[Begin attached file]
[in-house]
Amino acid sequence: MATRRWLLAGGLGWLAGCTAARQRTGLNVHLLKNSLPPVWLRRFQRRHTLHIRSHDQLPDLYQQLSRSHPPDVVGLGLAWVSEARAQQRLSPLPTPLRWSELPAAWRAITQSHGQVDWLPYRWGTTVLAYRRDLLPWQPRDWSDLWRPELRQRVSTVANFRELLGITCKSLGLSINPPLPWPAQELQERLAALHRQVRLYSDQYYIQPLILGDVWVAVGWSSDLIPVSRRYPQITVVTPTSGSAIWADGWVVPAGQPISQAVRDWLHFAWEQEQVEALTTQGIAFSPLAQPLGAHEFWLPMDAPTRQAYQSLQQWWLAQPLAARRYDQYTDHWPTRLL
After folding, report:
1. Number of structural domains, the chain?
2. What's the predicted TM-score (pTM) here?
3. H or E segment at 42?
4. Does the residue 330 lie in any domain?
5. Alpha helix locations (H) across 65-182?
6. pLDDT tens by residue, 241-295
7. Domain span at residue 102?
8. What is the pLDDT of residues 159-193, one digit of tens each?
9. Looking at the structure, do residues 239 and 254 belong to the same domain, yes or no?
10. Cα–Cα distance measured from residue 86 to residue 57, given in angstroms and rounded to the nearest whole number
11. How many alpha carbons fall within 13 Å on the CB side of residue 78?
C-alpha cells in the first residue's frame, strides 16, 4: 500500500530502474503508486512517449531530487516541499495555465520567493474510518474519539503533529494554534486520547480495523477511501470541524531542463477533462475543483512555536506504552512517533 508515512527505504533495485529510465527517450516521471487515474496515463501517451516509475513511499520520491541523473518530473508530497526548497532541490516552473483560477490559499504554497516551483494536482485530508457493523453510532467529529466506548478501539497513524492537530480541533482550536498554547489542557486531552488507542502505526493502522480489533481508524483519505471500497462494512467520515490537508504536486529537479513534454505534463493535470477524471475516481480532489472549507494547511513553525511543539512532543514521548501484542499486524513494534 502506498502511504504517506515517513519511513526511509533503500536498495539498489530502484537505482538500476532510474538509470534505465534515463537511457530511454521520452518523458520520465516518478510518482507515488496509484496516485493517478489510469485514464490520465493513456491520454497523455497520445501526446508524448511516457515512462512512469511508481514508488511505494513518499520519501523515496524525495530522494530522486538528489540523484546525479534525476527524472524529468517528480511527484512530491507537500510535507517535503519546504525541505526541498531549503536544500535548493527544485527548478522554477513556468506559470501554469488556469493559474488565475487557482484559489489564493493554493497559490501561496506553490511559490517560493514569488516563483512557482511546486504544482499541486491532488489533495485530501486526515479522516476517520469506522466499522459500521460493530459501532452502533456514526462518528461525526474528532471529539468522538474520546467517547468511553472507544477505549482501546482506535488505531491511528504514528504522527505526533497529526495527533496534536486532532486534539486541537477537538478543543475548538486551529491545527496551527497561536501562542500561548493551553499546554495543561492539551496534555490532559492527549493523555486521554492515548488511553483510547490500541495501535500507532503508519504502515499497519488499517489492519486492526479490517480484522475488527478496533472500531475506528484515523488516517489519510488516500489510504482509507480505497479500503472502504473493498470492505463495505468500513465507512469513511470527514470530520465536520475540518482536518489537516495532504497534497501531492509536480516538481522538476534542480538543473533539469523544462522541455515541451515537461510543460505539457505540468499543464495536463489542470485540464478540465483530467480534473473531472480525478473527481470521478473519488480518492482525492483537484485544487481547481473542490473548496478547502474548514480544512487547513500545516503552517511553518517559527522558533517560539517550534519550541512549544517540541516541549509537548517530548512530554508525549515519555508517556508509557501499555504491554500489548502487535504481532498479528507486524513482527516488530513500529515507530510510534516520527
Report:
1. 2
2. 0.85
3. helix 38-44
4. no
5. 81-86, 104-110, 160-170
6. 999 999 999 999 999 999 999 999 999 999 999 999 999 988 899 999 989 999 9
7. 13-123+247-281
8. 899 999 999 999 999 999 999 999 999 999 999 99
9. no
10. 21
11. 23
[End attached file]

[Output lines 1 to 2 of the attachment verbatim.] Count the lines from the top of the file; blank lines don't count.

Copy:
[in-house]
Amino acid sequence: MATRRWLLAGGLGWLAGCTAARQRTGLNVHLLKNSLPPVWLRRFQRRHTLHIRSHDQLPDLYQQLSRSHPPDVVGLGLAWVSEARAQQRLSPLPTPLRWSELPAAWRAITQSHGQVDWLPYRWGTTVLAYRRDLLPWQPRDWSDLWRPELRQRVSTVANFRELLGITCKSLGLSINPPLPWPAQELQERLAALHRQVRLYSDQYYIQPLILGDVWVAVGWSSDLIPVSRRYPQITVVTPTSGSAIWADGWVVPAGQPISQAVRDWLHFAWEQEQVEALTTQGIAFSPLAQPLGAHEFWLPMDAPTRQAYQSLQQWWLAQPLAARRYDQYTDHWPTRLL